When buying a sweater for your dog always make sure it fits properly. Over sized sweater can get your dog hung up on things and a small fitting sweater can cut off circulation or limit range of motion. Have several sweaters on hand and make sure EVERY TIME your dog goes out that the sweater is not damp or wet. Just like when we put on something wet this can actually make a dog colder than wearing nothing at all. If you are looking for the best heating options look for ones with a high collar that covers from the base of the tail to neck including the belly works the best. Struttin’ Pup in Lafayette Colorado has a great selection!
5 – Signs of Problems
There are several signs that your dog is too cold and has developed hypothermia. These include shivering, whining, movement slows down, seems anxious, stops moving, appears weak or starts to burrow. If you suspect your dog has developed hypothermia get them inside immediately, wrap them in warm blankets, dry them, massage their fur, and call your veterinarian immediately!
Frostbite is harder to detect on dogs. The results generally appear a few days later. Frostbite occurs when tissue is damaged because of exposure to 32 degrees F and below temperatures. The tissue damage can be superficial or major depending on the length of time that your dog is exposed. Follow this link for a more in depth article about How to identify and treat frostbite in dogs.
Do not allow snow to pack into a dogs paws. If you have a dog with longer hair and snow gets caught between their paws you run a risk of cracking the pads. When this starts to happen it is very painful for your dog and they will often just stop walking. Remember any further walking could severely damage your dogs pads.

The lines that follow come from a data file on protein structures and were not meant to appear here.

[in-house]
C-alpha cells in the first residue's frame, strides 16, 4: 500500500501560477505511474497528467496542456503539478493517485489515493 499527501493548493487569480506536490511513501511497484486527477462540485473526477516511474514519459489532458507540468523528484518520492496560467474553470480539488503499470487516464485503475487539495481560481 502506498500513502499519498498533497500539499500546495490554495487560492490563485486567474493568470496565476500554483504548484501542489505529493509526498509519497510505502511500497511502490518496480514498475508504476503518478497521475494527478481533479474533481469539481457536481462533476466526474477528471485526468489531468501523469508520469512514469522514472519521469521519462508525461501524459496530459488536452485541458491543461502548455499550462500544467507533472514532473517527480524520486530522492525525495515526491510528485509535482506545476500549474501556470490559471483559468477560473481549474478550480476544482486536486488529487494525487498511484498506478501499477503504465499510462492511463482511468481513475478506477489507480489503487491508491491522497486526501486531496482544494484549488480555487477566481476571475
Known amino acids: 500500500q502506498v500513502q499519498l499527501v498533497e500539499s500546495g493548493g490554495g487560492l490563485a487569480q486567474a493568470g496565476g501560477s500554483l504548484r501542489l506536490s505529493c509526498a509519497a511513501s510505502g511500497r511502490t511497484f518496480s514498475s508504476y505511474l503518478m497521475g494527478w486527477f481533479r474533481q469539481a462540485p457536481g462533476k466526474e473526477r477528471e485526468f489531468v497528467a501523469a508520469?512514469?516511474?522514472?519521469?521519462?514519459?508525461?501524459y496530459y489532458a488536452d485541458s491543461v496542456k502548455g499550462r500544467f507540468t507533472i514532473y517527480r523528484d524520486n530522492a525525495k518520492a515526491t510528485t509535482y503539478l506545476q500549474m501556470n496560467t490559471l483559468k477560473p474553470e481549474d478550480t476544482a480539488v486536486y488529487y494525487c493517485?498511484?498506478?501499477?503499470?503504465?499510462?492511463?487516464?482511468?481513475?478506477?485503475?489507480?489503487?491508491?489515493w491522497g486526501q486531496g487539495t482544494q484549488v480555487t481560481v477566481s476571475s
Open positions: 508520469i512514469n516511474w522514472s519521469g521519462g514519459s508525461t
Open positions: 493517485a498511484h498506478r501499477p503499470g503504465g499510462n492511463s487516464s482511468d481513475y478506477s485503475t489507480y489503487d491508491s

If your dog does have a problem with snow collecting in their pads here are a few suggestions. Have your groomer or you clip away some of the hair, have your dogs wear booties, or some people will massage their dogs paws with olive oil. All three of these methods will help.
7 – Avoid Frozen Bodies of Water
If your dog is exposed to frozen lakes, ponds or creeks be very cautious about letting your dog off leash to explore. Dogs are not exposed to ice too often so their instincts might not be the best or not even know they are on weak ice that could break through. If a dog does go through the ice it is very difficult for them to escape on their own.
I know if my dogs went into the frozen water I would have a hard time not going in after them. However this could be the death of both of you. If you have to go into a frozen body of water after your dog make sure you have a means to escape and someone is there with you.
8 – Wipe ’em Down
If you walk your dogs in urban areas there is a high chance of exposing them to salt, antifreeze, road deicers, and other potentially dangerous chemicals while licking clean from a walk. Once your dog is inside make sure to wipe any excess moisture that is on them to reduce the amount of toxins they digest while cleaning themselves after a walk. Especially their paws, legs, and belly. If you know that where you walked had these contaminates it is always safer to wash down these areas with water.
9 – Don’t Let Them Roam
When snow and rain covers an area your dog can loose their most valuable resource, their sense of smell. Once a dog looses their sense of smell they can become easily lost. More dogs are lost in the winter months than any other season. Keep your dog safe especially when exploring unfamiliar areas, keep them on a leash.
10 – Tag and Chip Your Dog
Make sure your fur kids are tagged and chipped. This way if they do become lost it greatly increases their chance to be returned to you. Always make sure the tag and chip information are up to date!